Some people have “superhuman immunity” to fight off COVID-19 if they’ve previously had the virus and received two vaccine doses, new studies shows.

Researchers say people who have had “hybrid” exposure to COVID-19 — including infection and then full vaccination — have mounted a powerful immune response to the virus and are likely able to fight off most of the variants.

A Rockefeller University study published last month found that antibodies in people who had hybrid exposure were very high and could neutralize six variants, including Delta.

“Those people have amazing responses to the vaccine,” Rockefeller University virologist Theodora Hatziioannou, who helped lead the study, told NPR.

“After natural infections, the antibodies seem to evolve and become not only more potent but also broader. They become more resistant to mutations within the [virus].”

Hatziioannou said it wasn’t clear if every person who had COVID-19 and was also vaccinated would have such a strong immune response.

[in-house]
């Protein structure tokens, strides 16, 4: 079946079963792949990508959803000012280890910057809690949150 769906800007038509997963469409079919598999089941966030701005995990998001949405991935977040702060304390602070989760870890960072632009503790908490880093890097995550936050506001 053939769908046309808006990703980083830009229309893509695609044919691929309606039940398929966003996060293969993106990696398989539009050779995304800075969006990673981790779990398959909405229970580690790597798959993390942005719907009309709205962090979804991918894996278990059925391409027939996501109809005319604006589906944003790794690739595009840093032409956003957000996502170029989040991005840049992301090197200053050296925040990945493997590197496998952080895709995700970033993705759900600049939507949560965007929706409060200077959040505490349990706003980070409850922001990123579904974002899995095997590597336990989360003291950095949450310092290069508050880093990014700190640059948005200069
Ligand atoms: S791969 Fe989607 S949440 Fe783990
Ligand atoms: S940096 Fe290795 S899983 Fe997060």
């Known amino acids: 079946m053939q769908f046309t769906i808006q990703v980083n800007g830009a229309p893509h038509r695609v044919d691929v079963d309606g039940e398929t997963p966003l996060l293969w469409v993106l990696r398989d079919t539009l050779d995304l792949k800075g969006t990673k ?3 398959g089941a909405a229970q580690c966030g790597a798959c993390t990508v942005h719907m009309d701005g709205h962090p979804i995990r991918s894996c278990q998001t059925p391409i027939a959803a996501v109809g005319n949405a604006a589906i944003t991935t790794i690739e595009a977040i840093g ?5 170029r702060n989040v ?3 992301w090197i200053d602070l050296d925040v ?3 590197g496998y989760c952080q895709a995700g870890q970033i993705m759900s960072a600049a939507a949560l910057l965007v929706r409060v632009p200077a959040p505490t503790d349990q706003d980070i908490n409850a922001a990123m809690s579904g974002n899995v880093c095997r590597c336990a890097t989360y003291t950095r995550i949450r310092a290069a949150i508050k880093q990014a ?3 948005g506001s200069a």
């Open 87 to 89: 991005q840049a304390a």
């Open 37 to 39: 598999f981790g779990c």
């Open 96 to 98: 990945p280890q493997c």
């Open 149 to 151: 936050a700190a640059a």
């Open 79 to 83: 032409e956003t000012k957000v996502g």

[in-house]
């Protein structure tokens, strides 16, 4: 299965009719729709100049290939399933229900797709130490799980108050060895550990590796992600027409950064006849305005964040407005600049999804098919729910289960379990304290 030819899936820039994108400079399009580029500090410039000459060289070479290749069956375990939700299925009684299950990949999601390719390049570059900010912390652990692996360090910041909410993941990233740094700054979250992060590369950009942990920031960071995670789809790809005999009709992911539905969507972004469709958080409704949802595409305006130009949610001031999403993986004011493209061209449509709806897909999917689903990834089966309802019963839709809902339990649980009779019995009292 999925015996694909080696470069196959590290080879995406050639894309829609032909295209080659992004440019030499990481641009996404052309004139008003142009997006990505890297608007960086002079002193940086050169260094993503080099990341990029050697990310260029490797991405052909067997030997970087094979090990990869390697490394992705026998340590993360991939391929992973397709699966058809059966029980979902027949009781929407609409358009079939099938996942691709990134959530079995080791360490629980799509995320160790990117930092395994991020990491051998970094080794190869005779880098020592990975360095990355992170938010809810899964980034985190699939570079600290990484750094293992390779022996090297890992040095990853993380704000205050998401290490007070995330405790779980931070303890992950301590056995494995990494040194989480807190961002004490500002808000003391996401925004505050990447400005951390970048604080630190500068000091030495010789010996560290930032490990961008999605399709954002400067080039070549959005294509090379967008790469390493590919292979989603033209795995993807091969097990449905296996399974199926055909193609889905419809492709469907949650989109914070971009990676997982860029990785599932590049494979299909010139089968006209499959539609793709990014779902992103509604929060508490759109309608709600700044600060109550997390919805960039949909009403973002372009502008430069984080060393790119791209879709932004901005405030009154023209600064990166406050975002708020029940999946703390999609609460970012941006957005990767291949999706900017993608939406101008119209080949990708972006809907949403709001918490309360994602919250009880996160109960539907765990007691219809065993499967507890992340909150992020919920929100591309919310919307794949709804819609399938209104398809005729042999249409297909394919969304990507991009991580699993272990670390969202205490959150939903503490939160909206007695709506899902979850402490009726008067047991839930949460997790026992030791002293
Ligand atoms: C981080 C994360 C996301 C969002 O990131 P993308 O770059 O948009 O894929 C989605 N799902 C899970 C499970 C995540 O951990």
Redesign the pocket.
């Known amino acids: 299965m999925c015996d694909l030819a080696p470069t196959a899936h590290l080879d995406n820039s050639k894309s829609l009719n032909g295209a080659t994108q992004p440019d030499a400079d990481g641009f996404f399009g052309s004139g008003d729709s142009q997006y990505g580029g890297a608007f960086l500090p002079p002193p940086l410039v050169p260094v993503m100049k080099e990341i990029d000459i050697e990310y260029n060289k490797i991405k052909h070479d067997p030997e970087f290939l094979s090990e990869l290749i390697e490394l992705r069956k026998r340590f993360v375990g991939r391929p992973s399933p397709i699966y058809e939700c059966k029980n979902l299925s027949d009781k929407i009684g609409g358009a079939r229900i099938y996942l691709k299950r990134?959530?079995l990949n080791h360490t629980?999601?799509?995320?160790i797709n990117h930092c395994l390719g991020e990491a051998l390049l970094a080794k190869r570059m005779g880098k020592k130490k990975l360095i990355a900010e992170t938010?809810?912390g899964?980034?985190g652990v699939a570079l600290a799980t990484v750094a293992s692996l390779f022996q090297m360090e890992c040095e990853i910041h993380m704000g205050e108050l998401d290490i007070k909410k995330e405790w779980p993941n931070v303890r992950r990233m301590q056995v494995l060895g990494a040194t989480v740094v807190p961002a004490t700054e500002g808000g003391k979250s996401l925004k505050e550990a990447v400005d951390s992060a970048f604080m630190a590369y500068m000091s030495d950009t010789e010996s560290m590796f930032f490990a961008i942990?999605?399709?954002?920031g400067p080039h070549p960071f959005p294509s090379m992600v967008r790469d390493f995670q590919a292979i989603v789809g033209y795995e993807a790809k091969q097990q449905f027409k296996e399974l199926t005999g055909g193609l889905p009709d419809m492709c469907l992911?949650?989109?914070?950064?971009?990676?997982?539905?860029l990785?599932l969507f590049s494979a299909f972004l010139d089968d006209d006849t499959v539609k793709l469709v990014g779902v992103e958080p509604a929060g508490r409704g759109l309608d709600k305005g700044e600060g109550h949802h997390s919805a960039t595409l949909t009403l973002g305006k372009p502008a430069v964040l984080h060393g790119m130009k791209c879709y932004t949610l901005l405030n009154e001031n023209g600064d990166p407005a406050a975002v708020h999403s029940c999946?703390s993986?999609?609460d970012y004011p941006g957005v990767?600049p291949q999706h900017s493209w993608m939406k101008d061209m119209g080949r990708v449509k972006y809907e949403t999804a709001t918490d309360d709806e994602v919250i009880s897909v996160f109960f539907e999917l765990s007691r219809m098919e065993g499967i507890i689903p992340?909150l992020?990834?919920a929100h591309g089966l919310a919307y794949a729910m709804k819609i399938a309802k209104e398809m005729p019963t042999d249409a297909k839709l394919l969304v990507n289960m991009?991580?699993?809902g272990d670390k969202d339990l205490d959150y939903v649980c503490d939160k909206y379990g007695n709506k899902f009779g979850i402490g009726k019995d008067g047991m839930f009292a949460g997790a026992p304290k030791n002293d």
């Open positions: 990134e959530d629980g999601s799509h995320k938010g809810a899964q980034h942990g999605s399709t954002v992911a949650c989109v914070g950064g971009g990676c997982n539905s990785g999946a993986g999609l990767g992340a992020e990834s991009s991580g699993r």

The Rockefeller study included data on 14 patients.

Paul Bieniasz, and other researchers at Rockefeller University, found that antibodies in people who had hybrid exposure were very high and could neutralize six variants.Rockefeller University

“With every single one of the patients we studied, we saw the same thing,” Hatziioannou said.

The virologist said it had yet to be determined if people who receive a booster COVID-19 shot could develop the same immune response as those with hybrid exposure.

“I’m pretty certain that a third shot will help a person’s antibodies evolve even further, and perhaps they will acquire some breadth [or flexibility], but whether they will ever manage to get the breadth that you see following natural infection, that’s unclear,” she said.

Theodora Hatziioannou said it had yet to be determined if people who receive a booster COVID-19 shot could develop the same immune response as those with hybrid exposure.Alamy Stock Photo

University of Pennsylvania immunologist John Wherry told NPR that their own research, published online last month, has shown that people who have been fully vaccinated are also developing flexible antibodies.

“In our research, we already see some of this antibody evolution happening in people who are just vaccinated although it probably happens faster in people who have been infected,” he said.



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